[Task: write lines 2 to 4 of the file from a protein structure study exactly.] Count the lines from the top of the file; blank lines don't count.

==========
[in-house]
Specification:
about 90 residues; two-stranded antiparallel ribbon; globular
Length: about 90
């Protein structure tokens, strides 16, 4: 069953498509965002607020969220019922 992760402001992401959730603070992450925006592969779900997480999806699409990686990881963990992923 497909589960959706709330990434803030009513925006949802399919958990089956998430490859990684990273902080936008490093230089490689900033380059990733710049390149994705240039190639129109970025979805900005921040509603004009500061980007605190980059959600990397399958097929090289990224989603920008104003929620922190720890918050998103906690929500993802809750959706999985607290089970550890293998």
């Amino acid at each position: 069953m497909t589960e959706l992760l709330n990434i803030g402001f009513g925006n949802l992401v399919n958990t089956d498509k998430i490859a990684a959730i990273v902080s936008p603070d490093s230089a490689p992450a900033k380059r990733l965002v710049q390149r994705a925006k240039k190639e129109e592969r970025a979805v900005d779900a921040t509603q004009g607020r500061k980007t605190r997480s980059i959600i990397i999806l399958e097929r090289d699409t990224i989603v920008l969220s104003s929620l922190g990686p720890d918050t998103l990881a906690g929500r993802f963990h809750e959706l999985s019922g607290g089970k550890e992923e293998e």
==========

Specification:
about 90 residues; two-stranded antiparallel ribbon; globular
Length: about 90